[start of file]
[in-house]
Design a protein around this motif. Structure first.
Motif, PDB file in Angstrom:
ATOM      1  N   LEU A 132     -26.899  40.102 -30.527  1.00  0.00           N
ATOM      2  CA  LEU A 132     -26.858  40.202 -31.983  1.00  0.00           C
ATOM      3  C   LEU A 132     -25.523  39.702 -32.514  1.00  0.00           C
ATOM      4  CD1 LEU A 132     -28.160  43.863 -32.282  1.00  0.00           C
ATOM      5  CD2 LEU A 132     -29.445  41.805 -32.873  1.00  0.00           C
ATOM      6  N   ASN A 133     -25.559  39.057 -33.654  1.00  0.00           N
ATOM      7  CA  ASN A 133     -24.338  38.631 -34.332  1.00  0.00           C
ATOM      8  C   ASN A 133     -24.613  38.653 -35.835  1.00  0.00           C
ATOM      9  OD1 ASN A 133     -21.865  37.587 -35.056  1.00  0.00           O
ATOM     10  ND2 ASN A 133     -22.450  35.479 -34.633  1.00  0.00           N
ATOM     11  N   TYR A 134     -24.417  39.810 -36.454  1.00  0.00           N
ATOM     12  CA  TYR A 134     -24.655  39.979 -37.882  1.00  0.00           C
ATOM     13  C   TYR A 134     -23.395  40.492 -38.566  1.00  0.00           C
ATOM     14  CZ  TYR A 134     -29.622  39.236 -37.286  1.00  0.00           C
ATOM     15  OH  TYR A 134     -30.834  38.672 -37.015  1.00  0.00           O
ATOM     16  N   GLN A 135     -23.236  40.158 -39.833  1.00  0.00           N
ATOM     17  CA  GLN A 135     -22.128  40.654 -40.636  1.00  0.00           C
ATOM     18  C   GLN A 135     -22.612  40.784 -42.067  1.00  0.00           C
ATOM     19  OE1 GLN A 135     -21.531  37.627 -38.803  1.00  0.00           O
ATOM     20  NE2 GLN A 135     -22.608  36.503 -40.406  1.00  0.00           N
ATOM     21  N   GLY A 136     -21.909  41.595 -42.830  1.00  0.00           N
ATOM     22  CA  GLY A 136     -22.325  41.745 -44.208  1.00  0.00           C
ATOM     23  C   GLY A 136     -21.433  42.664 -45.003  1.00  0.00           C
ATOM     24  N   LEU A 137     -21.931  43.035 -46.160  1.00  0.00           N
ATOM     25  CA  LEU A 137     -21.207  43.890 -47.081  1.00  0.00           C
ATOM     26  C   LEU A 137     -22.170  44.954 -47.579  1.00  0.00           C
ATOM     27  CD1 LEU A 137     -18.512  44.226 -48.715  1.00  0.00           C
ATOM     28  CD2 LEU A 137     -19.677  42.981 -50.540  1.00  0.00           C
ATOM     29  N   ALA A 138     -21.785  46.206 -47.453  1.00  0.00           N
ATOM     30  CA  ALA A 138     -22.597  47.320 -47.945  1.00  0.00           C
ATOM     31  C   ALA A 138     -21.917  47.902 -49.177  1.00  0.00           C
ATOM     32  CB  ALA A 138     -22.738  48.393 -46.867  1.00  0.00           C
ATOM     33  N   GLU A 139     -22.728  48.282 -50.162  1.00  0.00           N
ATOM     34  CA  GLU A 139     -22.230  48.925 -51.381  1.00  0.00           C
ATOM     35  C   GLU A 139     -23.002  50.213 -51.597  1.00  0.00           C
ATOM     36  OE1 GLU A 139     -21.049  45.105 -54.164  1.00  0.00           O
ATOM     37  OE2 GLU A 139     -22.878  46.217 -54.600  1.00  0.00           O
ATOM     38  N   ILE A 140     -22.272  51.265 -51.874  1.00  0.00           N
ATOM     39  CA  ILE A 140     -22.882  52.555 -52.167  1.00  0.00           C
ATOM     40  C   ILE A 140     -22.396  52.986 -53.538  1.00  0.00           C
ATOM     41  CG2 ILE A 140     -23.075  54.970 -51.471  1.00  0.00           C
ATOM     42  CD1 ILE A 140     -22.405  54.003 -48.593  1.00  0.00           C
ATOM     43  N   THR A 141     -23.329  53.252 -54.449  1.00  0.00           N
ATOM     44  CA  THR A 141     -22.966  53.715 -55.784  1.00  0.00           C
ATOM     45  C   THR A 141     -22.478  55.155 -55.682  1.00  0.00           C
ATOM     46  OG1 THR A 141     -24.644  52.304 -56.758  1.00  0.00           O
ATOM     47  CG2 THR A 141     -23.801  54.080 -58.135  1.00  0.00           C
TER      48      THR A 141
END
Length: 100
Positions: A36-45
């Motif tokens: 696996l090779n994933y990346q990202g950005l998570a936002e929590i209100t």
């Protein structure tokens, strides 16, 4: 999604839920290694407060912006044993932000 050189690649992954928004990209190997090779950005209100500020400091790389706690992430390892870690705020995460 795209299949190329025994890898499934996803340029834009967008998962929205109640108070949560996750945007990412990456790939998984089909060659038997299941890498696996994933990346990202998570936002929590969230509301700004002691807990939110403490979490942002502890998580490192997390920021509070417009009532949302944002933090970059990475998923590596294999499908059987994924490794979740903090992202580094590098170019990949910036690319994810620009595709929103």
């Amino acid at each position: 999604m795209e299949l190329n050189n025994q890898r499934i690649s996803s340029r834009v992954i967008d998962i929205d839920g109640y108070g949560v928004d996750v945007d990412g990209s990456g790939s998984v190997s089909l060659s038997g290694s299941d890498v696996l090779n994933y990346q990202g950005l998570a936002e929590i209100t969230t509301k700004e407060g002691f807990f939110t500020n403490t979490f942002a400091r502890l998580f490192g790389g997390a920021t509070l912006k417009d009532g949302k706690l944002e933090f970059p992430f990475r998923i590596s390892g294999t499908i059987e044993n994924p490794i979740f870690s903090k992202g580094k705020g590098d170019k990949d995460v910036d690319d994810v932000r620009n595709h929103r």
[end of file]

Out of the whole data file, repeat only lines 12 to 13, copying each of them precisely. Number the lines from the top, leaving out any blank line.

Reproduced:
ATOM      9  OD1 ASN A 133     -21.865  37.587 -35.056  1.00  0.00           O
ATOM     10  ND2 ASN A 133     -22.450  35.479 -34.633  1.00  0.00           N